DEFUND Isle of Palms, Sullivan's Island, and Folly Beach over beach access restrictions

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           The three beach islands which are part of the Charleston Metropolitan Area, Folly Beach, Sullivan’s Island and Isle of Palms have taken significant steps this year aimed at isolating themselves from the rest of the community.  Despite the fact that they all receive large contributions of money from Charleston County and the State, they have adopted policies which have the effect, and are intended to, make them like gated communities open only to their residents and the guests of residents.

            The excuse given by the city/town mayors and councils of these islands is the COVID 19 virus.  When the pandemic began, each of these islands – acting without consultation or consent of the State – closed the state owned and maintained roads that connect them to the rest of Charleston County.  This extreme action has only been done at times of the risk of or actual physical danger from hurricanes.  These islands posted armed police on the bridges connecting them to the mainland who forcibly prevented the rest of the citizens of Charleston County from accessing these islands.  Only when they were threatened with suit by the County after many weeks of this unlawful conduct, did they stop interfering with traffic on these bridges. 

            Now, these same island mayors and councils are imposing restrictive parking and beach use rules for the same purpose.  The Isle of Palms has forbidden parking on all of Palm Boulevard, a State highway (703), except for residents, who may park there if they display a residential sticker.  This is a specific and unlawful act to favor island residents and exclude the public.

            In South Carolina, the beach is part of the public trust held by the State for the benefit of all citizens.  All land below the mean high water mark is part of the public trust, as was held by the SC Supreme Court in Cape Romain Land and Improvement Co. in 1928 and State v. Hardee in 1972.  The SC Attorney General has long ruled that these public trust areas are for public use for fishing, bathing, recreation and navigation.  Op. Att. Gen. 329.334 (1970).  What these beach communities are doing is to bar non-residents from using public property limiting its use to the few thousand of their own residents.  Prohibiting non-residents from parking close to beach access points has been struck down as unconstitutional by many courts, including the U.S. 11th Circuit Court of Appeals in Fillyaw I in 1992 and Fillyaw II in 1994 and a number of state courts including the Connecticut Supreme Court in Leydon in 2001.  Discrimination against non-residents violates their equal protection rights under the 14th Amendment and their rights under the Privileges and Immunities Clause of the US Constitution.  It also has been held to violate the right to peaceably assemble and to exercise free speech under the 1st Amendment.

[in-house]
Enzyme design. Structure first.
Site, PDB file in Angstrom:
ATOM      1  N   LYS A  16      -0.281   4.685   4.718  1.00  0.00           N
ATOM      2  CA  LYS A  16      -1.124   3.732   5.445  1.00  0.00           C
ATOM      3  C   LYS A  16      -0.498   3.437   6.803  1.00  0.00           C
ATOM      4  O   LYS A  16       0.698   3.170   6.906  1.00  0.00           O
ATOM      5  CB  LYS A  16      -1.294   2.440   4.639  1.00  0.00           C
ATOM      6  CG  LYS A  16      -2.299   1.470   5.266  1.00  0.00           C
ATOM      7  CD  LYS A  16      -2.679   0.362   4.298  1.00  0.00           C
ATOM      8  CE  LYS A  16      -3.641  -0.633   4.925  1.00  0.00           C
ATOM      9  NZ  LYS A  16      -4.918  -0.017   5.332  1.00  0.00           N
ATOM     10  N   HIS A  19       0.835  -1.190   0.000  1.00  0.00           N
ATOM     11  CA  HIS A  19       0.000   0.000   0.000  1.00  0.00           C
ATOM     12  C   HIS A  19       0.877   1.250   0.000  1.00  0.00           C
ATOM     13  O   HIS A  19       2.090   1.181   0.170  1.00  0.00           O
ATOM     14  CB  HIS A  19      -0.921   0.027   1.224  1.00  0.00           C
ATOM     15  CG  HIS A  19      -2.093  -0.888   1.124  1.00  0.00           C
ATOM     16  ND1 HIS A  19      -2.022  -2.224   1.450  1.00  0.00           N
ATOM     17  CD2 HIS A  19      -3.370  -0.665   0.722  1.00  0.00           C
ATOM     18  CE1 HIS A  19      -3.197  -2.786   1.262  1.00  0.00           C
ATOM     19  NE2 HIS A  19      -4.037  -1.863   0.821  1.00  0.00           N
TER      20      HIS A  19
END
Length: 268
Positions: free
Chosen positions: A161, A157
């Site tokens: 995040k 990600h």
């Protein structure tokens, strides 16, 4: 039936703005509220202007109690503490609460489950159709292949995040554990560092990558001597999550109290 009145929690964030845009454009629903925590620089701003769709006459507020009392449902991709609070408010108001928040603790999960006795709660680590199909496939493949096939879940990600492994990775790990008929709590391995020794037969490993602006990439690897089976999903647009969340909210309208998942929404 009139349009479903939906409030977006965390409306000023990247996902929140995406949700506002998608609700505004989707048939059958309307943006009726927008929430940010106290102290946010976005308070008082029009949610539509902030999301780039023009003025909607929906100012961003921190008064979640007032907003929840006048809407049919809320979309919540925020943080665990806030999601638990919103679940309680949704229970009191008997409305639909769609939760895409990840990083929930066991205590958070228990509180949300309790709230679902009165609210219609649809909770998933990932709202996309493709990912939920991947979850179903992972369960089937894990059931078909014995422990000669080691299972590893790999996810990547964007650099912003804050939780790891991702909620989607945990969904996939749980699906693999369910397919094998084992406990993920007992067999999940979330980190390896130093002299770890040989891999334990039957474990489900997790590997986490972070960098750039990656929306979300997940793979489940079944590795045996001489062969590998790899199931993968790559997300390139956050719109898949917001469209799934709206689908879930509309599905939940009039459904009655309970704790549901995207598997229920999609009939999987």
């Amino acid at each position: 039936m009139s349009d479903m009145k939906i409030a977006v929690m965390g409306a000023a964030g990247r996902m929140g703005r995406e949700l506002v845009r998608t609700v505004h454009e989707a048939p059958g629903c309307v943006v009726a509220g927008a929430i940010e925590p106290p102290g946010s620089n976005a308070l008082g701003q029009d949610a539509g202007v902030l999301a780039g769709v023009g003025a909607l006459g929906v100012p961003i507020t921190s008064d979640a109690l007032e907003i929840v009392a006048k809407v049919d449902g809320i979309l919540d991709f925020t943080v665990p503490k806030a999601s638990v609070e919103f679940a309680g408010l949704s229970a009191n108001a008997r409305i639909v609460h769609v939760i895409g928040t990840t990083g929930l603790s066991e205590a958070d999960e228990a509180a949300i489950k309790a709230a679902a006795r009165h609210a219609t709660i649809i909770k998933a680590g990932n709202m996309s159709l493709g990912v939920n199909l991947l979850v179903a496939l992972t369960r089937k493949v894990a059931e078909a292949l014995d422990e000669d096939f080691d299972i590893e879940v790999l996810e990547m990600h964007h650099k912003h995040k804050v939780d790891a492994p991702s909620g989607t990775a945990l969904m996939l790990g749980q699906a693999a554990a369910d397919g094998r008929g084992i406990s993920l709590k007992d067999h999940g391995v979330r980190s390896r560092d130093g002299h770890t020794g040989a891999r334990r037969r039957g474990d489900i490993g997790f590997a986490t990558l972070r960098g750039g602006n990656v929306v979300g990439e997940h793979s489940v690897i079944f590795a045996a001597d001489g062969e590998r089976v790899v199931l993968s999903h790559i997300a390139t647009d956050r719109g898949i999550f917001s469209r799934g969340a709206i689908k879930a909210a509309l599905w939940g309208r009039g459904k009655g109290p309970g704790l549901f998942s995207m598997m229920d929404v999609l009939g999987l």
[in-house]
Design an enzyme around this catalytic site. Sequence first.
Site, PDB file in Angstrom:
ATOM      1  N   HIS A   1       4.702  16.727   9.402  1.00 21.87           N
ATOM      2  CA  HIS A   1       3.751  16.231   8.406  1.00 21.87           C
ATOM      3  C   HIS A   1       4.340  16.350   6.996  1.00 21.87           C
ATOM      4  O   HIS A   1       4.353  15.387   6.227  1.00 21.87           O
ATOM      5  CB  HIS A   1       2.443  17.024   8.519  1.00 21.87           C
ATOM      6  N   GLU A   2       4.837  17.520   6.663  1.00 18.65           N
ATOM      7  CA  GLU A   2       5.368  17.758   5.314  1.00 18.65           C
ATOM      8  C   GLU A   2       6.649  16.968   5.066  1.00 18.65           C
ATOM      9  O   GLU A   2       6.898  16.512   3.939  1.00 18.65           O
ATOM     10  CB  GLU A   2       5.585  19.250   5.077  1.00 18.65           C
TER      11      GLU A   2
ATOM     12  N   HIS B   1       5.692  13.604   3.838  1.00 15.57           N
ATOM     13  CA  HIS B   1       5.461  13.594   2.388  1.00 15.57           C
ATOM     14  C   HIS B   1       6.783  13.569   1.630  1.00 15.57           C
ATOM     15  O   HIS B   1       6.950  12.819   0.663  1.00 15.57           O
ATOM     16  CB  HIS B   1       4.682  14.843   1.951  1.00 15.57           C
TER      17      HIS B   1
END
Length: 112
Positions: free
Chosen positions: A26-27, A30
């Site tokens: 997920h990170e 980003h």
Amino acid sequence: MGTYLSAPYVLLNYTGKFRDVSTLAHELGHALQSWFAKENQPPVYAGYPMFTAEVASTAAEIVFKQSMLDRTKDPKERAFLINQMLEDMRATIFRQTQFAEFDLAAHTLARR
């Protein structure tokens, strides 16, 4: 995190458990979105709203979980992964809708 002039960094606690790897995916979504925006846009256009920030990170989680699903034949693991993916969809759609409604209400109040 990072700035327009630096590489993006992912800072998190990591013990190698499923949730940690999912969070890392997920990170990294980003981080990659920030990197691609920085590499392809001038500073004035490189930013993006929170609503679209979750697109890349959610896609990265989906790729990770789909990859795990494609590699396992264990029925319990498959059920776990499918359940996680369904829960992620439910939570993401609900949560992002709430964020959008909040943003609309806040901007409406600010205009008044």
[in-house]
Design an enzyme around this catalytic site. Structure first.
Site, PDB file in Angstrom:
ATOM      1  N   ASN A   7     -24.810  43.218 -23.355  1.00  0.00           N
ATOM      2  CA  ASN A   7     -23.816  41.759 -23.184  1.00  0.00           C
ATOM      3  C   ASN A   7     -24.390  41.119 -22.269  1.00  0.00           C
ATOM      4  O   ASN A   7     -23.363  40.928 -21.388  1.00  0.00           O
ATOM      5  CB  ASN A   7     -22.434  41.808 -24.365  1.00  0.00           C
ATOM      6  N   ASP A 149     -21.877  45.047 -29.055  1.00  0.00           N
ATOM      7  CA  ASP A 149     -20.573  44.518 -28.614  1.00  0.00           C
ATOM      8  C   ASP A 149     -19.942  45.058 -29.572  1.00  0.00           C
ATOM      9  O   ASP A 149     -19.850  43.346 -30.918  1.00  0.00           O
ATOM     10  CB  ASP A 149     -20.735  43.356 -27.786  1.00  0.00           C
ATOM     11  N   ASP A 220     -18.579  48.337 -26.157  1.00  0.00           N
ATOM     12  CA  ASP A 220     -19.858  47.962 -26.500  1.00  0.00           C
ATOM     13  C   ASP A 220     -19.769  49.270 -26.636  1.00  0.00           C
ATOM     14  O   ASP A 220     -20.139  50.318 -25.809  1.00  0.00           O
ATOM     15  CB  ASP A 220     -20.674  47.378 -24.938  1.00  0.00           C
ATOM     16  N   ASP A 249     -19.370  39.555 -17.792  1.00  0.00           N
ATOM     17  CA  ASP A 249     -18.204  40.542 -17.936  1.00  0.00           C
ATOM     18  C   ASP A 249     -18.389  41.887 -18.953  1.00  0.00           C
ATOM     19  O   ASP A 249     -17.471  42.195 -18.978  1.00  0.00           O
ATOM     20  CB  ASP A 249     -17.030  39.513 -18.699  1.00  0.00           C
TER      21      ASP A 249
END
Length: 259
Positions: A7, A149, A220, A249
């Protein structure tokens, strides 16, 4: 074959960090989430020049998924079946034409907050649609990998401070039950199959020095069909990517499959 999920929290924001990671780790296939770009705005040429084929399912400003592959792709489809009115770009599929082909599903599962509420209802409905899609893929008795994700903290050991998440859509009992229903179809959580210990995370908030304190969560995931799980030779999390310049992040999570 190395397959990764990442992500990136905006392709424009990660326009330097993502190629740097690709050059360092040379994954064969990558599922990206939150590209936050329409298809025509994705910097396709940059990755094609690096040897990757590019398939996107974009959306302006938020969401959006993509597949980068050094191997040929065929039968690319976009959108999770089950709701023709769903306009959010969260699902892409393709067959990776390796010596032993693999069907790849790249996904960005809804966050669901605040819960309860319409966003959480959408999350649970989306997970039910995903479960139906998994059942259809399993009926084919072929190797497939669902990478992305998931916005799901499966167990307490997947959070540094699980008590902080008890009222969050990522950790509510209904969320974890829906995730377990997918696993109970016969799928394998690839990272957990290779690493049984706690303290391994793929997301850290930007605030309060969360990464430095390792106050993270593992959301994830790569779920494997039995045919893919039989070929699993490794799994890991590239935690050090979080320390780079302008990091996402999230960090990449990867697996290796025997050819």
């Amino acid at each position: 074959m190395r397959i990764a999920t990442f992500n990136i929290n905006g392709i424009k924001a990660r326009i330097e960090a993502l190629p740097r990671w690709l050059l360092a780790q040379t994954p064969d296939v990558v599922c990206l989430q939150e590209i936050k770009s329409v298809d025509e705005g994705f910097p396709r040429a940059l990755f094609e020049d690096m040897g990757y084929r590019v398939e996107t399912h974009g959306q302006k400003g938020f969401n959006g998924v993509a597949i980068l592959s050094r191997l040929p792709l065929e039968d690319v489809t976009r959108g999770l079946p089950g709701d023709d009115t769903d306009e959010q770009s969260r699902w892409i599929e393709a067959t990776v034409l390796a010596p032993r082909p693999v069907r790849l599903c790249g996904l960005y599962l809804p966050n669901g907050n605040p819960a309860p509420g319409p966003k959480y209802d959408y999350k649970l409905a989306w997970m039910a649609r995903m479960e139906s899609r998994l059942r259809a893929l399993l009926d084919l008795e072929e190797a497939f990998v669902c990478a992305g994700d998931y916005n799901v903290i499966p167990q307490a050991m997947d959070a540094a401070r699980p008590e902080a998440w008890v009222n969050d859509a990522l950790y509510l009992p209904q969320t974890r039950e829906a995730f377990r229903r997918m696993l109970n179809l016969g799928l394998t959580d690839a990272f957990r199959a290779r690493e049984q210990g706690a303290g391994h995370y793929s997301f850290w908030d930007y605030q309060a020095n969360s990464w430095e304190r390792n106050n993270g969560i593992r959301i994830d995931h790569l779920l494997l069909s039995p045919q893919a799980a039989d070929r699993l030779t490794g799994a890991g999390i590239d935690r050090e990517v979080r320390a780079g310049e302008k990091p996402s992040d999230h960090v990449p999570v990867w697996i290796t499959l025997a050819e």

Moreover, Palm Boulevard is a state highway.  It is maintained by all of the people of the state.  It is invidious and outrageous discrimination to deny the people who pay for it but who do not live on the island the ability to park along its right of way but to allow residents to park there.  The most effective way to protect public access to our beaches is for the Governor and the Department of Transportation to forbid the discriminatory and arbitrary closure to non-residents seeking to access public trust beaches.  Failing that, the County Council could sue to enforce the public’s rights as it did earlier this year.  In addition, the County’s taxpayers should not be bilked to pay for niceties on these islands when they are expressly excluded by the mayors and councils of these communities.  Right now, the Isle of Palms has its hands out seeking $100,000 of county money for a walkway to the beach.  This is the very height of hubris and gall.  The most effective way, in addition to a lawsuit, is for the county to cut off the gravy train of county money to these communities until they stop trying to deny access to non-residents.

            WE HEREBY PETITION Charleston County Council to cease payment of any and all funds to Folly Beach, Sullivan’s Island and Isle of Palms for any purpose unless and until these mayors and councils enter into an agreement to cease taking actions to restrict public access to these islands and to the beaches.  Parking restrictions, excessive fines, and limits on the ability to make use of the beaches must be included in such an agreement.  If the residents of these islands want to selfishly take what belongs to all of us, they should not be rewarded with any of our tax money.